JUDGE: It is my understanding that six different parties would like to have their petitions heard before us. Is that correct?
COLLECTIVE MURMURING: Yah
JUDGE [fidgeting with reading glasses]: Okay, first name I have here is ... Ryan Jeffers, catcher.
[JEFFERS REP APPROACHES THE PODIUM, SHUFFLES PAPERS]
JEFFERS REP: Ahem. Your Honor. Esteemed ladies and gentlemen of the jury. Good evening. My client Ryan Jeffers might have won this award last year, but dang it folks he deserves it once again. He still technically qualified as a rookie and he was a very reliable one, starting nearly half the team's games at catcher and putting up some very strong defensive metrics! Jeffers was also an offensive force, launching 13 home runs ...
OPPOSING COUNCIL: Objection, Your Honor! [Glances at data sheet] Jeffers batted .199 with a .270 on-base percentage, negating much of the value from his power.
JEFFERS REP: Ah, be that as it may ...
OPPOSING COUNCIL [heightening intensity]: Furthermore, Your Honor, Jeffers struck out at the highest rate on the team and his OPS+ of 83 shows he was in fact substantially below-average as an offensive producer.
JUDGE [banging gavel]: I've heard enough! Thank you Mr. Jeffers, but you've had your day in this spotlight, you may move along. Who's next?
[LARNACH'S REP LOOKS UP FROM FILES, SLOWLY STEPS TO PODIUM AND BEGINS SPEAKING]
LARNACH REP: Production speaks for itself folks. And my client, Trevor Larnach, is a producer, despite his lack of experience. He came up far earlier than expected and proved he's a major-league player. In his first 50 games with the Twins, Mr. Larnach batted .261 with a .361 on-base percentage and .445 slugging. By this time his advanced and mature approach at the plate was earning him regular appearances at the No. 3 spot in the batting order. A remarkable rookie effort without question, and as such, I rest my case.
JUDGE [peering skeptically]: Mm-hm. And as for the period following this 50-game sample?
LARNACH REP: Come again, Your Honor?
JUDGE: Your case seemed to conspicuously exclude any results beyond July the 7th, when your client hit his last home run. I'm just wondering what happened afterward.
LARNACH REP: ... Afterward? Well [chuckles nervously]
OPPOSING COUNCIL: If I may, Your Honor, I have the numbers here. [Starts reading] Following the date of July 7th: 29 games, a .156 batting average and .188 slugging percentage, with 47 strikeouts and 11 walks. This stretch lowered Mr. Larnach's overall OPS to a decidedly sub par .672, prompting a demotion to Triple-A in mid-August.
JUDGE [considers briefly]: Mmm, yes. A promising showing in some regards but not the stuff Rookies of the Year are made of. Thank you, Mr. Larnach, you may depart. [Glances at agenda] It sounds as if a Mr. Ryan would like to be heard?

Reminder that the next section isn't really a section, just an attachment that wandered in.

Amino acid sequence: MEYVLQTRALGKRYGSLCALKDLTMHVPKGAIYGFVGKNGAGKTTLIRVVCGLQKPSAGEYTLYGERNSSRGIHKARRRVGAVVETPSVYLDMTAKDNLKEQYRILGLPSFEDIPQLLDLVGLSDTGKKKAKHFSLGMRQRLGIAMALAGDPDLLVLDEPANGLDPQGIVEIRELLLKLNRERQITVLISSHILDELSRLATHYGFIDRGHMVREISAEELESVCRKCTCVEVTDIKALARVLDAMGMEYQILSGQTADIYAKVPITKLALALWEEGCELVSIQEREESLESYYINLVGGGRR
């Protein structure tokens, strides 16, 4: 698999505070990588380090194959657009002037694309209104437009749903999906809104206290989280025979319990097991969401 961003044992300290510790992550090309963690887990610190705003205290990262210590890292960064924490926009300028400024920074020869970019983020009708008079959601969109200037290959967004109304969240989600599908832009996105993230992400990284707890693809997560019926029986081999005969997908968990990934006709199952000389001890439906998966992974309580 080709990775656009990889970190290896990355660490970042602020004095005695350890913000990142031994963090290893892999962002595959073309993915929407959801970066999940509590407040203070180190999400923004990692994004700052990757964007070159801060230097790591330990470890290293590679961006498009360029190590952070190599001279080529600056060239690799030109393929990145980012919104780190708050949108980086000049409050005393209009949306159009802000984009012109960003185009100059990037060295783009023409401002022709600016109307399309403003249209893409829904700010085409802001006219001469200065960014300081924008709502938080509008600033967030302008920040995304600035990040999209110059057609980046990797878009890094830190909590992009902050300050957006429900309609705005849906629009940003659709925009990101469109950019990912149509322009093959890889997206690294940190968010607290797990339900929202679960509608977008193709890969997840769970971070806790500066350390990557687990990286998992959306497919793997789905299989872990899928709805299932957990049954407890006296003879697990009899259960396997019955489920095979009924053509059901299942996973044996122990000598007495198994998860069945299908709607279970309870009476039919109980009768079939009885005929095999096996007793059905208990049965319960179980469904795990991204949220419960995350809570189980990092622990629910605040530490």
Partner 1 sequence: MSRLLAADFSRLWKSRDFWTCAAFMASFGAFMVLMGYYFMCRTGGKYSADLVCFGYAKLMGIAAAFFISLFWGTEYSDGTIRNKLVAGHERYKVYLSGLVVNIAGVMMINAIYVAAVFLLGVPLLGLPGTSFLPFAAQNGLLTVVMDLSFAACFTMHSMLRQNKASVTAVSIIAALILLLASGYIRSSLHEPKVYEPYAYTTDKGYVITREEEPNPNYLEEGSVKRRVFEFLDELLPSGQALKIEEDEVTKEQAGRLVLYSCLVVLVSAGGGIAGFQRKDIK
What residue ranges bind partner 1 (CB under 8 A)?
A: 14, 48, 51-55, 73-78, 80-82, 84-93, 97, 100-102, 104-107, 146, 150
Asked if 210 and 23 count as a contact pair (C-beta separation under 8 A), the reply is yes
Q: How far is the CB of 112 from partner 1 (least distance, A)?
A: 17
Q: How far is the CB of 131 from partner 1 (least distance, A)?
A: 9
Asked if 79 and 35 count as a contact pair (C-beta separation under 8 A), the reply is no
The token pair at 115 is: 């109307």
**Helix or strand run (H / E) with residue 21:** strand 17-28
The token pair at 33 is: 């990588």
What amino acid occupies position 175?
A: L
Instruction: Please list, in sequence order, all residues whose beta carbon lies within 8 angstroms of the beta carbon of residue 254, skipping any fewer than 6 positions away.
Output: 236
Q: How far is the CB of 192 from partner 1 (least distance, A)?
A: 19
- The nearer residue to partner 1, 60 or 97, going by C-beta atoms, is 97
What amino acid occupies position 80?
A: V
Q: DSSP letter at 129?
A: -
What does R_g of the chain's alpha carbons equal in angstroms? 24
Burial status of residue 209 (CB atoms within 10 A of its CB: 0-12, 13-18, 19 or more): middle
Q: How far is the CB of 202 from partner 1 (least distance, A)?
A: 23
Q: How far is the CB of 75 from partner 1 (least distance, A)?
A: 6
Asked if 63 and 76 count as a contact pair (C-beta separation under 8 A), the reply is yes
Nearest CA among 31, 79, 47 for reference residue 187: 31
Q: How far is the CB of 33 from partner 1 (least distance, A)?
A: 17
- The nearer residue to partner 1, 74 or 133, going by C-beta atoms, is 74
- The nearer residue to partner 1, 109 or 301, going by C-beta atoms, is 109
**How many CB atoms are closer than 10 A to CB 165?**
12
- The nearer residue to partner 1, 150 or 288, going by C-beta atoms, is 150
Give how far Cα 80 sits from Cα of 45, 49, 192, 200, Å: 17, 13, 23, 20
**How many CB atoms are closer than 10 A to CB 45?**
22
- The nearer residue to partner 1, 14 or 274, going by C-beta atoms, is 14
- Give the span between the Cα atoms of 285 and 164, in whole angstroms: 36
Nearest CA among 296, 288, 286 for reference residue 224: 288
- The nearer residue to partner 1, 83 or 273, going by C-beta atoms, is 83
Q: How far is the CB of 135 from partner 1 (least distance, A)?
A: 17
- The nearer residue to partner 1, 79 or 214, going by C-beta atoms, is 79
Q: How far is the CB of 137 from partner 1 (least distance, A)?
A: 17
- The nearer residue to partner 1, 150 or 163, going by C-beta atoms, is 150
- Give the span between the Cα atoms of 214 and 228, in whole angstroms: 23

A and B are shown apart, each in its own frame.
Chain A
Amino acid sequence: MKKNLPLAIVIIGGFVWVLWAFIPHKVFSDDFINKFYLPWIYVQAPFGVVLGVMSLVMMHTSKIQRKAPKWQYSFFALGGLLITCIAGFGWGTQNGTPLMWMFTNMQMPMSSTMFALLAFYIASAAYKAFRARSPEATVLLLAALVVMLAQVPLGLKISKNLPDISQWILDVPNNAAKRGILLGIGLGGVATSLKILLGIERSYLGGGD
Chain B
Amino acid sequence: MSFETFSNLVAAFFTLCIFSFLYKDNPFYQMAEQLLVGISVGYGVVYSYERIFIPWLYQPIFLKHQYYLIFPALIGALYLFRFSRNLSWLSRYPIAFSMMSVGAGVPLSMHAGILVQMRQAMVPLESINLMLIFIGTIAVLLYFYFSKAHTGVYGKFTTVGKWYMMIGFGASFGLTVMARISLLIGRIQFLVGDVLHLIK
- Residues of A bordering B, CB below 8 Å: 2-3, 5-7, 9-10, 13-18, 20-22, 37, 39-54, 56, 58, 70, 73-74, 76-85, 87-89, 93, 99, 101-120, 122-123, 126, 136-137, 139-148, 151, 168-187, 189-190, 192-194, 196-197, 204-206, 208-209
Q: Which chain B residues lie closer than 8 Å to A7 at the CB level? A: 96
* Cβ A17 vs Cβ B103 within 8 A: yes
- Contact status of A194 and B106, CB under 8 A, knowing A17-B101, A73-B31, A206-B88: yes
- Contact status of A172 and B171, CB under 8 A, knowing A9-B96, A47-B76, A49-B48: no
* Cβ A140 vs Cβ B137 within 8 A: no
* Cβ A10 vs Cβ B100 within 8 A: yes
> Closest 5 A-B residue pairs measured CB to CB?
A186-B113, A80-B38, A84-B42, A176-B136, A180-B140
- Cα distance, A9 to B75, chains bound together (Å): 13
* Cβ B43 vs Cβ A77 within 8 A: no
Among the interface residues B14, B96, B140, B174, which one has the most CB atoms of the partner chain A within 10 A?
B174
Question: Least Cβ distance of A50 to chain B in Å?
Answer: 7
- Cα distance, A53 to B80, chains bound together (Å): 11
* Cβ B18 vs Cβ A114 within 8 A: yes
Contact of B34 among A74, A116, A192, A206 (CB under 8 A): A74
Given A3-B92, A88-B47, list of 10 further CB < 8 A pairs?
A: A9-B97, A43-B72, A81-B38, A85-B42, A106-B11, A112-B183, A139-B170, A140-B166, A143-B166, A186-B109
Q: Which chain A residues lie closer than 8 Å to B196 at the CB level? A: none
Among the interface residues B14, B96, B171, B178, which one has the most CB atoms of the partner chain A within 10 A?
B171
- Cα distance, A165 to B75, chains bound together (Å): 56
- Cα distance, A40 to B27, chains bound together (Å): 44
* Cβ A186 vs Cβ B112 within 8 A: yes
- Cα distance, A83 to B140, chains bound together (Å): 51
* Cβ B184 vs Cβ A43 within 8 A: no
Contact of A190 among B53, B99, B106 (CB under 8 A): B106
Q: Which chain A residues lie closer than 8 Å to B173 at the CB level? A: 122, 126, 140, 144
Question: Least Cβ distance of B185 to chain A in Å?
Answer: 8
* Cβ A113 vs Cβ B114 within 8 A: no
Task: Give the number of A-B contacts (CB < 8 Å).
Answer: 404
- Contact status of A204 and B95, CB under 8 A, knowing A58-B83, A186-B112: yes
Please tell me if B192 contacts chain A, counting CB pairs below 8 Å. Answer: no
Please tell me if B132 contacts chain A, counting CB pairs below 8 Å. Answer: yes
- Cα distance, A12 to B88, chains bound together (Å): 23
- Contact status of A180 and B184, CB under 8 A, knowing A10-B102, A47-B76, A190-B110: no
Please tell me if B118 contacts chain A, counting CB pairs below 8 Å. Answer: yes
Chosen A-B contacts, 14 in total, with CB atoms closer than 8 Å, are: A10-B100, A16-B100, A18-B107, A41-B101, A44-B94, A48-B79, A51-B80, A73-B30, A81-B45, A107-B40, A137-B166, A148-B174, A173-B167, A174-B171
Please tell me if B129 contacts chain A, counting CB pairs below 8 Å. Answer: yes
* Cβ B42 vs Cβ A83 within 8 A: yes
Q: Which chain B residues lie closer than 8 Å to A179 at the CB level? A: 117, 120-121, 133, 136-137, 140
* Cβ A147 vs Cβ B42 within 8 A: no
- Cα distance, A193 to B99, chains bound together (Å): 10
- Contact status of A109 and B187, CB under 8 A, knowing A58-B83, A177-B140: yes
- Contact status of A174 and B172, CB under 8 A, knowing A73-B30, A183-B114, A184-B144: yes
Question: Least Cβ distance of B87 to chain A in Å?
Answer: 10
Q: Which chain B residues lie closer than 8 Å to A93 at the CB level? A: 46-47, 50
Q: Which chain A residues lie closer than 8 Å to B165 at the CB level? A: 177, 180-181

JUDGE [gazes around room, looks back at list]: A Mister ... Joe Ryan?
[INCREASINGLY AWKWARD SILENCE]
JUDGE [taps finger impatiently]: Well, if Mr. Ryan's case is not ready ...
[RYAN'S REP BURSTS THROUGH DOOR, SHIRT HALF-TUCKED AND TIE HANGING LOOSELY ASTRAY]
RYAN REP: Your Honor! Fine people of the jury! How are you all doing. Listen, I know I'm a little late, and that's true of my client as well. Let's get down to brass tacks. Was Joe Ryan a member of the Twins organization in March? No he wasn't. Was he here in June? He was not folks! Was Mr. Ryan in the big leagues in August, even? [Locks eyes with random elderly woman in jury] Was he Doris? Was he??
[ELDERLY WOMAN SLOWLY SHAKES HEAD]
RYAN REP: He wasn't! My client did not receive an opportunity in the majors until the month of September! But that's only because he was busy representing our wonderful country in the world's greatest international competition, the Olympics. And you know what? He kicked some ass. For America! Do you love America or don't you, Doris??
[ELDERLY WOMAN SLOWLY NODS]
RYAN REP: Then all he did was come back, acclimate instantly to a new organization, debut with amazing poise, flirt with a perfect game in his second MLB start, strike out seven straight men in his fourth, and altogether rack up six times as many walks as strikeouts. That fastball is something, ain't it!
[SPORADIC APPLAUSE RISES FROM COURTROOM]
JUDGE [bangs gavel]: Order, ORDER! You said your client made how many major-league starts this year?
RYAN REP: I didn't, Your Honor, but thanks for inquiring!
OPPOSING COUNCIL: Five starts, Your Honor. Twenty-six total innings.
JUDGE: Too little volume for legitimate consideration I'm afraid, Mr. Ryan. But please, try again next year. Who do we have next?